"We would have to address a rate adjustment to keep the plant operational," Marti said.


These concerns with the power plant's condition, and the costs associated with keeping the plant operational, led staff to recommend shutting it down completely.

"We feel we have a safer, more reliable and more affordable option to present to you," Marti said.

Catastrophic generation

For emergency generation, Willmar Municipal Utilities could rent four, 2-megawatt diesel generators from Ziegler Caterpillar only when needed. There are 15 to 20 such generators located within a day of Willmar.

"These units are out there. Ziegler CAT is capable of doing this," Marti said.

There would be one-time infrastructure costs between $150,000 and $200,000 to install step-up transformers at the power substation located at the power plant to put the power on to the grid.

To run the generators for seven days, 24 hours a day, it would cost approximately $417,000, which includes fuel. If the disaster is a federally declared emergency, there could be the opportunity to be reimbursed by the Federal Emergency Management Agency.

"Costs are only incurred on an as-needed basis," unlike the annual costs the power plant would require, Marti said. "If we never have that disaster, we never spend the money."

Willmar Municipal Utilities already has four diesel generators for supplemental and emergency generation. They can produce 12 megawatts of power, covering about 36 percent of the city's average load, or 21 percent of its peak load.


The average load in Willmar is about 33 megawatts a day. The highest load in 2019 was almost 58 megawatts at 3 p.m. July 15.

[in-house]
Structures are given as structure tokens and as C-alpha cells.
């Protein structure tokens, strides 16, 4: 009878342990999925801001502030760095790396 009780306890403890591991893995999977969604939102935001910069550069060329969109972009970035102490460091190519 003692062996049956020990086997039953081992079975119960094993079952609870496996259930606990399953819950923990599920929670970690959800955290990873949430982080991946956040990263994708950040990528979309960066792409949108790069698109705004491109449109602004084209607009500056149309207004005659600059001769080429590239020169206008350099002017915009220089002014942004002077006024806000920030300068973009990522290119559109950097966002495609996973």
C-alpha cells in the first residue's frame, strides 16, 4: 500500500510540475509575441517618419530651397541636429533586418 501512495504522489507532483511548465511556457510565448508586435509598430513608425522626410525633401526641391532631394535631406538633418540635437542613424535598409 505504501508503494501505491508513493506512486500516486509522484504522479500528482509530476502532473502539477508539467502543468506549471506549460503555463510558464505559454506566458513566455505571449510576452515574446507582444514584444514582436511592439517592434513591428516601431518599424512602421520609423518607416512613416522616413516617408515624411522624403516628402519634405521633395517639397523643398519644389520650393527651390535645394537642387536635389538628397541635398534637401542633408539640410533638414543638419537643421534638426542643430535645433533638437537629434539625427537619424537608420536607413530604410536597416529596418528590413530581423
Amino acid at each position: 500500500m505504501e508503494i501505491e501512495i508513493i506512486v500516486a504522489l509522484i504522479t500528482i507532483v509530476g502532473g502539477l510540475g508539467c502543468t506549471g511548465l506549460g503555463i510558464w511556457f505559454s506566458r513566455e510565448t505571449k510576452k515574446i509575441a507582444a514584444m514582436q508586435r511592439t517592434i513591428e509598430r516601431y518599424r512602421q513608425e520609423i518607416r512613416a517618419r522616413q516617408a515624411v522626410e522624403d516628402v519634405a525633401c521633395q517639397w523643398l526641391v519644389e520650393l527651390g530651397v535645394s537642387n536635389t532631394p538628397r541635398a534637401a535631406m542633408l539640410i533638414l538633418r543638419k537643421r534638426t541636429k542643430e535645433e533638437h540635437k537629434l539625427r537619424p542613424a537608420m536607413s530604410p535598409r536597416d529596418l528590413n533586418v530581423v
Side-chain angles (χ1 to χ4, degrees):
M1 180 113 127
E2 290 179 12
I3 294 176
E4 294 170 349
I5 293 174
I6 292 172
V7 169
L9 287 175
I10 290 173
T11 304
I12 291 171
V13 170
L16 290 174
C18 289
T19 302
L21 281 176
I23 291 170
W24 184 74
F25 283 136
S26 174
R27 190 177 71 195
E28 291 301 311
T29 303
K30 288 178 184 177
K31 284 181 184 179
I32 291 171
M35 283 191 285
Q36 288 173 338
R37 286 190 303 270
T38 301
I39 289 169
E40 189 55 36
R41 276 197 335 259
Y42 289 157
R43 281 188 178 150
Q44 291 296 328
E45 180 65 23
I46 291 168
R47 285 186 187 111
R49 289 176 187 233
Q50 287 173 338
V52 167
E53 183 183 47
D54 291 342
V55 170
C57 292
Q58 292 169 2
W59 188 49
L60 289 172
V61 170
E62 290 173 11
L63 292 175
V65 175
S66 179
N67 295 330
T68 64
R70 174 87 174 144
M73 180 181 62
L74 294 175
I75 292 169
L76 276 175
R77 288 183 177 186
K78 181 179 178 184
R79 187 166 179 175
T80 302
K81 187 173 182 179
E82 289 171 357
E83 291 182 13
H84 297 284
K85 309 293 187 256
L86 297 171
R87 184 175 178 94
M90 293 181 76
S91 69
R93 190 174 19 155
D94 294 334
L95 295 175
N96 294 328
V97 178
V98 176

If the commission approves staff's catastrophic event generation plan, Willmar Municipal Utilities would have 20 megawatts of emergency power generation available. That comes to 61 percent of the average load or 34 percent of the peak load. This does not include any power the wind turbines might produce at the same time.

Rolling blackouts would be a possibility if the entire city lost power, but that would be true even if the plant was still operational, instead of renting the four generators, Harren said. The power plant does not have the capacity to produce enough power for the entire city.

Decommission and demo

If the Utilities Commission approves shutting down the plant, that does not mean it will be demolished soon after June 30, 2020.

"That discussion is about three years out, at minimum," Harren said.

The plant houses a lot of controls and computer servers used in delivering power to customers around Willmar. Those systems would be kept in place until Willmar Municipal Utilities decides whether to build a new office and service center facility in the next few years.

Only after those controls are moved would the plant come down. There would be research done to see if the building could be repurposed, though that would be a very expensive enterprise.

A few contractors have gone through the plant and the demolition estimate is around $5 million. Nearly two-thirds of that is asbestos removal. There is significant infrastructure below the ground and a lot of concrete, so the project would be a big one. The demolition would also include reclaiming the site, so a huge hole is not left behind.

"It is ridiculously massive," Marti said.

Shelby Lindrud is a reporter with the West Central Tribune of Willmar. Her focus areas are arts and entertainment, agriculture, features writing and the Kandiyohi County Board.

She can be reached via email or direct 320-214-4373.